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Transalpine traffic comes under fire

The Alpine Initiative finds it absurd that Swiss cream is processed in Belgium and Italy, but sold back in Switzerland

International organisations have joined forces to halt the unnecessary transportation of goods in Europe and defend the alpine ecosystem.

The joint action, under the patronage of the European Transport Initiative (ETI), has organised a series of protests in Italy, France, Austria and Switzerland.

In Switzerland the Alpine Initiative, a group fighting against Alpine transit traffic, is holding its own "resistance party" in the alpine town of Göschenen.

Absurd examples

Campaigners cite a series of "absurd" examples where produce is sent thousands of kilometres across Europe before returning to its country of origin.

Some of them are legendary such as the story of potatoes that are picked in Poland, washed in Greece, sliced in Germany and prepared in Italy before being sold back to the north Europeans as frozen chips.

To this tale can be added the seafood collected in Scandinavia, which is shelled in Morocco but ends up back on Nordic plates. Or the yoghurt that passes though 15 countries during the manufacturing process.

"We want to show that much of this transportation is unnecessary," Fabio Pedrina, president of the Alpine Initiative, told swissinfo.

To underline his point, Pedrina offers the example of whipped cream that is produced and sold in Switzerland but packaged in Belgium or Italy.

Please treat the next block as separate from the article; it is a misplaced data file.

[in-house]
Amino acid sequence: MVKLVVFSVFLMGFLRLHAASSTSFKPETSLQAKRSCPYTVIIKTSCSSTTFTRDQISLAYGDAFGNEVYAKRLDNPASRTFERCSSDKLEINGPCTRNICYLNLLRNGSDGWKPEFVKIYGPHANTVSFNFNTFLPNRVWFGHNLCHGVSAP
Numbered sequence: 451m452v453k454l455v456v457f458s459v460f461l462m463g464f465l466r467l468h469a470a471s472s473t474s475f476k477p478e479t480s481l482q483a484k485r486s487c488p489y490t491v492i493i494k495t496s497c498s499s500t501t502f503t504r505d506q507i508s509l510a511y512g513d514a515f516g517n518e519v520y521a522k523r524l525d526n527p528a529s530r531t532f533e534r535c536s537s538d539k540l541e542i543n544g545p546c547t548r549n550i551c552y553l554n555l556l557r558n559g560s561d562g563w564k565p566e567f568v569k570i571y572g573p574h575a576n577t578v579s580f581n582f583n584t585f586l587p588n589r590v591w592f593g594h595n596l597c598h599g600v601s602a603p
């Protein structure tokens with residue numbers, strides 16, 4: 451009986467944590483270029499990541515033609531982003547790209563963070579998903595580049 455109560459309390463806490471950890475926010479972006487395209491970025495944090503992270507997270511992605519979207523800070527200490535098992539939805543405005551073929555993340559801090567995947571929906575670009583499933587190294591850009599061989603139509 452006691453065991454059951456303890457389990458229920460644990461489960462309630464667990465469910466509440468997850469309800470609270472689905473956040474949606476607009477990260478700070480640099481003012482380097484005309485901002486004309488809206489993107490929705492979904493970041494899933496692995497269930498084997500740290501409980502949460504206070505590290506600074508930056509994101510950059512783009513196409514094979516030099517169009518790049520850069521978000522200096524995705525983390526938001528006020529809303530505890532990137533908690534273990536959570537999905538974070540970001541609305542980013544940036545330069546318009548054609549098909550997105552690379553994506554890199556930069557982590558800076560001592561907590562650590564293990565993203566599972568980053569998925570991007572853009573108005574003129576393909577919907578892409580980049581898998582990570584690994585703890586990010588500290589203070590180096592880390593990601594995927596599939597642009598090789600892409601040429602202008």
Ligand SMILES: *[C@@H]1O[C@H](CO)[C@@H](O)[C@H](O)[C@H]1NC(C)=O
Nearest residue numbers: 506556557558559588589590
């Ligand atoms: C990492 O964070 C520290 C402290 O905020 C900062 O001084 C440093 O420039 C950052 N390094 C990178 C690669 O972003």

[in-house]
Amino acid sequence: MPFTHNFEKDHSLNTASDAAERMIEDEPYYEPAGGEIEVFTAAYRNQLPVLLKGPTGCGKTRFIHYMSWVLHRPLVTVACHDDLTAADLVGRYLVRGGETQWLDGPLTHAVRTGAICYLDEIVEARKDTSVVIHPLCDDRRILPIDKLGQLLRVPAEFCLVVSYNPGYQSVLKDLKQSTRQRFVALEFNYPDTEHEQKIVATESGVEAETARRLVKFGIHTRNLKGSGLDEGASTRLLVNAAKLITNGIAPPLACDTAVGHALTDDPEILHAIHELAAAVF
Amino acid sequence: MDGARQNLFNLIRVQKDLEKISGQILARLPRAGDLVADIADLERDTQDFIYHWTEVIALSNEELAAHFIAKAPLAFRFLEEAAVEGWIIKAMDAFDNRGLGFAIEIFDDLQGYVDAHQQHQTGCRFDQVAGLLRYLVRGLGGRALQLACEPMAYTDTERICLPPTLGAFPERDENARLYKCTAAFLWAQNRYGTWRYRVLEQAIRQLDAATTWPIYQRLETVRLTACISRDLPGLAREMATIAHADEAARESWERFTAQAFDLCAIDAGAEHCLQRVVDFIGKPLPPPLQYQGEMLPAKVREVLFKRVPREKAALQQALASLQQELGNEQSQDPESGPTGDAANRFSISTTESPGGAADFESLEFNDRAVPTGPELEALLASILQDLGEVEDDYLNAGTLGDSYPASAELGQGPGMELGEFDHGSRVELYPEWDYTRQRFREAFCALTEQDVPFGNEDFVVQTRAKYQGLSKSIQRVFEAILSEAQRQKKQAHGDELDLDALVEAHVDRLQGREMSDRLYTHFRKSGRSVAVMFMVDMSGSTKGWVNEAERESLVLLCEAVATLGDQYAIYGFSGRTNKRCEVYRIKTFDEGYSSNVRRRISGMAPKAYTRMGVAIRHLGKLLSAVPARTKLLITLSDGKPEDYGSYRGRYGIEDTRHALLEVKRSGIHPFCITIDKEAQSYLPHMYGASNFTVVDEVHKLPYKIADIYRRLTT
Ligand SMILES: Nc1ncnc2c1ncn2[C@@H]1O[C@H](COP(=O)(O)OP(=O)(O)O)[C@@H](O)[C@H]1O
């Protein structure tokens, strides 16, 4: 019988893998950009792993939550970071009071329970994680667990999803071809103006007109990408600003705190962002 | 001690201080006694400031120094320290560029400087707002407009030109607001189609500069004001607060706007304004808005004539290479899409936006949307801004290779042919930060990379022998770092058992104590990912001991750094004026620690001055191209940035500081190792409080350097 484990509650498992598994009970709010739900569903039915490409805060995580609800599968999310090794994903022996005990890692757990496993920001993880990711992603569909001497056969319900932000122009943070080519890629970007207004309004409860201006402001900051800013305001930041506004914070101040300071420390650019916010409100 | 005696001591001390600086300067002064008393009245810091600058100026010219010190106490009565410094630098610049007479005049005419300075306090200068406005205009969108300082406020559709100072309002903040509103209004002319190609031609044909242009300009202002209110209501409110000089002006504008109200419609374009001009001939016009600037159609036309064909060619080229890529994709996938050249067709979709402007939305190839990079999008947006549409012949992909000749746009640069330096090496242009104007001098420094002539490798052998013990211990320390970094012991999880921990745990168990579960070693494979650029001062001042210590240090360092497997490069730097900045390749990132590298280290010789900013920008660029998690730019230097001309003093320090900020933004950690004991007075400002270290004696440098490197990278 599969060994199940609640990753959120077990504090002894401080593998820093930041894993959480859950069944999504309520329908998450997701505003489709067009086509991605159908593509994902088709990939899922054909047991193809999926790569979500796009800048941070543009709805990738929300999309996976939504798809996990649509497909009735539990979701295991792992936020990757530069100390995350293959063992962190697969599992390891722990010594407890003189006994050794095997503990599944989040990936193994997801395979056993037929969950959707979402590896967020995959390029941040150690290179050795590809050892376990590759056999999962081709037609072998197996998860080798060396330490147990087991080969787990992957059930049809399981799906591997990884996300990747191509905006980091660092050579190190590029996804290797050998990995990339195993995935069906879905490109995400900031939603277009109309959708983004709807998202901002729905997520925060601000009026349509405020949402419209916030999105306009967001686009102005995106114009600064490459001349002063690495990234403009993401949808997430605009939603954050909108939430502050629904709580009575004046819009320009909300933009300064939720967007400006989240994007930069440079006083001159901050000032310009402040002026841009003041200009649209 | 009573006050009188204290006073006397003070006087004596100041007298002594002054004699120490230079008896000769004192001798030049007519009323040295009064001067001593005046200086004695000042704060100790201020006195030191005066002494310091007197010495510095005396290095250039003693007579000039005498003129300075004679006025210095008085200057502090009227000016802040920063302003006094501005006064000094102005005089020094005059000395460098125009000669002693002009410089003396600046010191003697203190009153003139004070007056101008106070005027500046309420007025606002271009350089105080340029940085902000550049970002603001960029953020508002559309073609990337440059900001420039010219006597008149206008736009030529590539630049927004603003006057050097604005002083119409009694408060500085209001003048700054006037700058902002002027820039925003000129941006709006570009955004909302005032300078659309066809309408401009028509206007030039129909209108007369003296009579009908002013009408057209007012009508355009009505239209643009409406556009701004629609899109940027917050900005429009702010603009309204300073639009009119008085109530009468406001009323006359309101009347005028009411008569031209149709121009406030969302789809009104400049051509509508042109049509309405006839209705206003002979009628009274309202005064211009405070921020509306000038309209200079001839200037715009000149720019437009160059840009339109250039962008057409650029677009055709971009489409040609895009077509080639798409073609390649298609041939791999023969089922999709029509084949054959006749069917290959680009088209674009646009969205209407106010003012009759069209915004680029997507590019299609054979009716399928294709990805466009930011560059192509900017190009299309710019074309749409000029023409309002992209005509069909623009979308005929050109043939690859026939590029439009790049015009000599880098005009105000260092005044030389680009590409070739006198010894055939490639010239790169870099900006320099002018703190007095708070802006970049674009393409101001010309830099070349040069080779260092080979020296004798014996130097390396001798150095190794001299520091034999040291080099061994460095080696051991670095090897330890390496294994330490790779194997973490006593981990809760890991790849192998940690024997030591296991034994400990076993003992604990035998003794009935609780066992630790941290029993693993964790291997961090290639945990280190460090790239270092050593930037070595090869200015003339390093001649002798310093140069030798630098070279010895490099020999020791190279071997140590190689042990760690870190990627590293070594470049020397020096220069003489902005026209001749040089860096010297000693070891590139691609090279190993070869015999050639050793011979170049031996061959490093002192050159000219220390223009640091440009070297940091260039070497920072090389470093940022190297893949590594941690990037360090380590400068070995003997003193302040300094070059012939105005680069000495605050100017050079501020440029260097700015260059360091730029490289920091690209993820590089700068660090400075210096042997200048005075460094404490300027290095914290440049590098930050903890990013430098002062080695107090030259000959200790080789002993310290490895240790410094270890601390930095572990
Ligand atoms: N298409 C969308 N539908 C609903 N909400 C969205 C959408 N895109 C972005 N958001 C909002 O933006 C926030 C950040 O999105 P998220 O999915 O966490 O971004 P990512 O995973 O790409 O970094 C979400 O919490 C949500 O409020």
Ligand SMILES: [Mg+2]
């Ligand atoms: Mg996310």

"This is yet another product which has done about 2,000 kilometres too many on European roads. Why can't we do the job here in Switzerland?" asked Pedrina.

Good sense and economic laws

But Ernst Mohr, professor of political economics at the University of St Gallen, says that while many journeys might appear paradoxical, there is usually a sound reason behind them.

"Unnecessary transportation? It doesn't exist. In economics you can only talk about advantageous or disadvantageous transportations," said Mohr.

"Each stage of production has been rationally thought about by the company which decides on the basis of economic criteria.

"It's a question of costs. Let's face it, we live in a competitive world. And it's only right that it is like that."

The Alpine Initiative says the crux of the problem is road traffic, especially heavy goods traffic, which generates pollution, accidents and damages the environment as well as health.

They argue that these elements are not generally taken into account by companies.

It is estimated that in Switzerland alone these hidden costs total up to between SFr1 billion and SFr3 billion per year. And for the whole of Europe, the figure rises to SFr400 billion.

Consumer education

Campaigners believe consumers can also play an important role because they generally determine the fate of a product. They say increased consumer education could heighten public awareness.

"Even for the most careful consumer, it is often difficult to uncover the whole story behind a product," said Monique Pichonnaz, director of the Federal Office of Consumer Affairs.

"We need a type of consumer education. Today very often the only element that influences a choice of product is its price."

Some people have even called for a pricing system that would give an indication of a product's ecological value, thus reflecting all the business, social and environmental costs of its manufacture.

"If prices do not tell the whole truth, consumers will not be encouraged to behave in a sensible and efficient way," said Mohr.

swissinfo, Marzio Pescia, translated by Isobel Johnson

Key facts

3.2% more goods travelled through the Alps in 2001 than 2000
Two-thirds of goods traffic travels by road in Switzerland
The amount of goods transported by rail has remained stable in Switzerland

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